Depression, Loneliness & Keeping on Going! …

For previous posts on similar topics, please take a look at my ‘Mental Health’ and ‘Self Care’ tabs.

I’ve hit a bit of a wall in recent days. Without going into the back story or the journey so far in this particular post, in summary I am receiving treatment for Post Traumatic Stress / complex trauma, Generalised Anxiety Disorder (GAD), and severe clinical depression. It has been tough, however, recently I have made some positive strides, especially in terms of traveling alone again, going for a job interview two days after I got back from work, and managing the work of my team singlehandedly for three weeks while my boss was on holiday.

However, this last Friday and Monday were public holidays, which meant a glorious four days off work. The only thing was that they weren’t entirely glorious. A friend who was married earlier this year and who had moved to a different city was back visiting both for a work related conference and to see other friends, and asked to meet with me. I wanted to, I really did, and felt that I also ought to, but my desire to be a good friend, to socialise, and to make an effort was outweighed by my symptoms overwhelming me. Another friend asked to meet me on the Monday, but again I just couldn’t manage. It was a rough day – I ended up staying in my PJs all day, and for most of the time watching re-runs of ‘Parks and Recreation’ (possibly the greatest show ever made 😉 ) to alleviate the stress of the nightmares I have been having, low mood, confusion, dizziness, anxiety and disorientation. It was a sunny day, but I didn’t even make it outside. However, Sunday I actually accomplished some mini milestones; it was a rainy grey day all day, and yet I managed to travel by train and then by ferry to visit my good friend and her two young children, to see her little girl before her birthday. I used to make that journey fairly regularly, however I hadn’t for the past 5 years due to pretty much barely being able to function or manage the anxiety, depression, and trauma symptoms. So yay! And it was good to have the company. My friend, who I met in university, is only 5 years older than me, and yet she has been married for over 2 decades (they met and married young), and has two children, and is quite settled and happy in life. I knew her before she had kids, so it has been a blessing seeing her family grow and move from one stage of life to another. The kids growing up really signify to me how much time is passing. Not that I’m old, or feel old, it’s just that I haven’t met the ‘milestones’ that I thought I would have or wanted to by this stage in life, and although I have accomplished a lot for someone battling the conditions that I have, it is still sometimes pretty hard. Not to mention that just the day previously my news feeds were filling up with joyful pictures of newlyweds. It is lovely to see, but it sometimes brings up all sorts of feelings, especially being on my own with no company in the flat. I have longed for a family of my own. I strive to be thankful, for I am blessed. Perhaps broken, but also blessed.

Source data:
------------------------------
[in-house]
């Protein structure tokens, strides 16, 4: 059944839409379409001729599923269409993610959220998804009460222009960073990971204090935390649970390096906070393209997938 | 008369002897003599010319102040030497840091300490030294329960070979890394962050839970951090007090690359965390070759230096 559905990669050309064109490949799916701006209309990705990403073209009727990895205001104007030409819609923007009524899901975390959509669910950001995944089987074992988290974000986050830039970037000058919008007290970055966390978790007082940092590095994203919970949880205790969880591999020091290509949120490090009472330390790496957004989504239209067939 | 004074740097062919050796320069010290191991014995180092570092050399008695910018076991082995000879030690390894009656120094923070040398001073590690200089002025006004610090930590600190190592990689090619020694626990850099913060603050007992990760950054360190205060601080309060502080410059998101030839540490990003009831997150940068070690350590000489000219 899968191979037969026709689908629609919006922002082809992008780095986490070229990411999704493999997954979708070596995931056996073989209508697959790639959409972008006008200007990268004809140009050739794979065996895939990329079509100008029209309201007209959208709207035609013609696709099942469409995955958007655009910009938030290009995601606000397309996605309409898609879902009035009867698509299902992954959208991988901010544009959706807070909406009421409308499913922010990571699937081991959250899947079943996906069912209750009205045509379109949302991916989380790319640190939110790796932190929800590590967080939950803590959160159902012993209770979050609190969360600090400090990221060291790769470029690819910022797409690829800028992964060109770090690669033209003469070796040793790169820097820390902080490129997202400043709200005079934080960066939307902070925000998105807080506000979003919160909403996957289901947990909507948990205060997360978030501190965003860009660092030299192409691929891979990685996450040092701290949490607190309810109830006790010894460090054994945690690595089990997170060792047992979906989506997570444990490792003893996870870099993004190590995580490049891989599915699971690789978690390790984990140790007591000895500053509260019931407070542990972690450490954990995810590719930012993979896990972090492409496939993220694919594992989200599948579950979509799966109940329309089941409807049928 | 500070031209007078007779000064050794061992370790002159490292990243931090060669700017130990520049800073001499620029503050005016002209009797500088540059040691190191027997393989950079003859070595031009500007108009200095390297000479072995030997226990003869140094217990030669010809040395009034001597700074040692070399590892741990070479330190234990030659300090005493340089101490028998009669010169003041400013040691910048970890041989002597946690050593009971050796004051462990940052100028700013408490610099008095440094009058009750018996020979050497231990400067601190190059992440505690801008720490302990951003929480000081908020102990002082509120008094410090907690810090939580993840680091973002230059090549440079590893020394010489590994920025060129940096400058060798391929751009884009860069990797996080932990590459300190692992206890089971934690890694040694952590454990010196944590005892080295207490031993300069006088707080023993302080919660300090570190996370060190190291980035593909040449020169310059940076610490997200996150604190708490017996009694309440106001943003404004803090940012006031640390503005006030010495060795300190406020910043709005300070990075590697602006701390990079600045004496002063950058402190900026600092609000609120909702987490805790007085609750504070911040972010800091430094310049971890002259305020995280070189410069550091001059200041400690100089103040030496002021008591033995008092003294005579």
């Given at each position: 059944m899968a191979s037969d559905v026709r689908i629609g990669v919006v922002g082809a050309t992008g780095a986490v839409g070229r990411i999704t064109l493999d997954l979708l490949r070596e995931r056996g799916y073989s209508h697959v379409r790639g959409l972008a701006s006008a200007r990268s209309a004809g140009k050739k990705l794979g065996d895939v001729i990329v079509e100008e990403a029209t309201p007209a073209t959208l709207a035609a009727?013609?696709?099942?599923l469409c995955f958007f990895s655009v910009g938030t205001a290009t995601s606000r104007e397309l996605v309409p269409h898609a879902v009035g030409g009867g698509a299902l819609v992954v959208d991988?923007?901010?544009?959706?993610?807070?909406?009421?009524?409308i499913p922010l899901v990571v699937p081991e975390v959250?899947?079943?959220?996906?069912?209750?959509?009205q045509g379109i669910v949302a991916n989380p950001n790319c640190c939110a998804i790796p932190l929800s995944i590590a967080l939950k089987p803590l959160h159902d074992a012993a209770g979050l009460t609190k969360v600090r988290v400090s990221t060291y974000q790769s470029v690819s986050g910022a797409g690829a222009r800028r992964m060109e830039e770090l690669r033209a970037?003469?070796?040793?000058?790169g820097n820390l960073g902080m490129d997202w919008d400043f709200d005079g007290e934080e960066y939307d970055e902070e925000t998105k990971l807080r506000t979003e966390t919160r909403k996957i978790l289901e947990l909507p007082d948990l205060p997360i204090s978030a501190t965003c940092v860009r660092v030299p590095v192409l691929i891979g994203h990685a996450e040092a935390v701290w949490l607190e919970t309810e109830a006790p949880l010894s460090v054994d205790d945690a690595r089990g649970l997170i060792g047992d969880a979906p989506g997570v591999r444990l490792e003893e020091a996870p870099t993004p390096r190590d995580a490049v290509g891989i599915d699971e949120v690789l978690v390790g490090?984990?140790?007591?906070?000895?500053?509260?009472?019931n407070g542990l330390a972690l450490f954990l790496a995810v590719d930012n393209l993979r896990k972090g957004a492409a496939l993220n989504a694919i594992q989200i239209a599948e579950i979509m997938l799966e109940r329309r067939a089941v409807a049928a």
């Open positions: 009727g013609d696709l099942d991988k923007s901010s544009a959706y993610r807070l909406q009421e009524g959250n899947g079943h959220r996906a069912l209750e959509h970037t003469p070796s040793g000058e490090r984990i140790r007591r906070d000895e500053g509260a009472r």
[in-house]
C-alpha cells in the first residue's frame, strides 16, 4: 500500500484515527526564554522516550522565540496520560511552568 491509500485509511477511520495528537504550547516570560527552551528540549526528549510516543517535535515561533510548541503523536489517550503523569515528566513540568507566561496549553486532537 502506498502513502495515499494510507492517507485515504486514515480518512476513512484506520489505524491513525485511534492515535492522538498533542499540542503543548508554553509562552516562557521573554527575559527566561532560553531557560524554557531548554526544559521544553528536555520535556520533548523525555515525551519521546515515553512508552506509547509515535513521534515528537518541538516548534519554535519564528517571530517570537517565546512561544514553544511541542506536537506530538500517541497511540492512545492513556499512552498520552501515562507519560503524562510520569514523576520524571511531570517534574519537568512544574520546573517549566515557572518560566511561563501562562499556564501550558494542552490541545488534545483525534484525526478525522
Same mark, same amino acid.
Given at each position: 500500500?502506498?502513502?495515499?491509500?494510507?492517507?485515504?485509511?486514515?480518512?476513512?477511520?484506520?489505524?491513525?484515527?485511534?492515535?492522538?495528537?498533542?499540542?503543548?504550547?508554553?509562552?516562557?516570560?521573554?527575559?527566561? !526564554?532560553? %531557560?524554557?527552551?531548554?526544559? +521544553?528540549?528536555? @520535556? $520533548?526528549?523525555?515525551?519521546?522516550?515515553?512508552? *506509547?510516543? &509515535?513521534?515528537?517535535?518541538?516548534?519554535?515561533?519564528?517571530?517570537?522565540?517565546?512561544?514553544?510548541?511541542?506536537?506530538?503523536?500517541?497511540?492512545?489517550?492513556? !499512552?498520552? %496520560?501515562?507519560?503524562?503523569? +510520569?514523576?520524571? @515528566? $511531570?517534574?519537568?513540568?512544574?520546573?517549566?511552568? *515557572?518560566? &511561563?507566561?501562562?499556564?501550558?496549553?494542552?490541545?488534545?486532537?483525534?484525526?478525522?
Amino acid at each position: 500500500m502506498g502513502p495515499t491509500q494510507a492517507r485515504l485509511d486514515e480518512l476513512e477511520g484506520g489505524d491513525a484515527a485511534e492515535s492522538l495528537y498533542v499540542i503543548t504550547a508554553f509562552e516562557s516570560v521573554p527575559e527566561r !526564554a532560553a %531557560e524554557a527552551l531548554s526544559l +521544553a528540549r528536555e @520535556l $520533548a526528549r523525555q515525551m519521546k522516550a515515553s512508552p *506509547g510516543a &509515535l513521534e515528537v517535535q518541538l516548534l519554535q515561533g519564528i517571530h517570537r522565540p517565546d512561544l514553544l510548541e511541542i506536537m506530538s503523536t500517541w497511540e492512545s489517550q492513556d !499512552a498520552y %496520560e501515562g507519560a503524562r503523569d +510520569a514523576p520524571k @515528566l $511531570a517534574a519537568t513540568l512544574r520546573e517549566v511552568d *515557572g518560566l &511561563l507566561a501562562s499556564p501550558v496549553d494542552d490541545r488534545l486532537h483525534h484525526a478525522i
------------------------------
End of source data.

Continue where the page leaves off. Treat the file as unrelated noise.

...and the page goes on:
I am looking forward to going back to work after this long weekend. I need to get back into a routine, and I need company. Recovery from trauma is tough, and living alone is great, but it would be nice to feel supported, and to share life with someone.

I wonder, do any of you relate? Whatever your life situation may be? I need to get my head back in the game, and overcome this fog and struggle that I’ve been feeling. But this is Life as it happens to be, after all. And so I remind myself that I am loved by SomeOne Who will never leave me nor forsake me, and I just need to keep taking the next step and overcoming each thing. I don’t usually long to go back to work, but it is a blessing to have companionship and human contact, and to feel productive.

So, que sera, sera, whatever will be will be. It has been a long road, but we all need to pause in our journey, take a breath, and take time not only to care for others, but also for ourselves. I hope you find a little oasis of peace in your day today, where you can do just that. xx

 

Fitness, focus and forming new habits.

Life as it happens to be today has included getting in a couple of workout routines.

Now, let me clarify…amongst my friends and people I know, there are a lot of very sporty, healthy and fit people. Their pursuits range from swimming, skiing, snowboarding, long distance running, rock-climbing, weight training, hillwalking, playing football (‘soccer’), canoeing, assault courses, working out at the gym and cycling! They do sponsored events….for fun!  The point I wish to clarify, is that I am not one of these people. I like walking. I like cycling, but in a leisurely way, and it would help if I had a bike, which I haven’t had for years. I also very much like the idea of being a cool pole vaulting, rock climbing, mountain biking, snowboarding chic – but as much as I like the idea of it, my body doesn’t seem quite to have a natural inclination towards sports and fitness in the competitive sense. Ok, I hated gym class in school – not so much because I didn’t like the exercise – I loved the hurdles, because I could do that well, and I felt as if I was flying. But because my fitness and stamina was pretty average, and with sports in school there is quite a competitive edge, or there can be, and average doesn’t really stand for much. There are also all of the ‘cliques’ that go along with that kind of world. Well, my school days are long behind me now, but I do wonder if perhaps my inclinations towards sport and exercise as an adult have been influenced by the certain dread felt in those younger days?!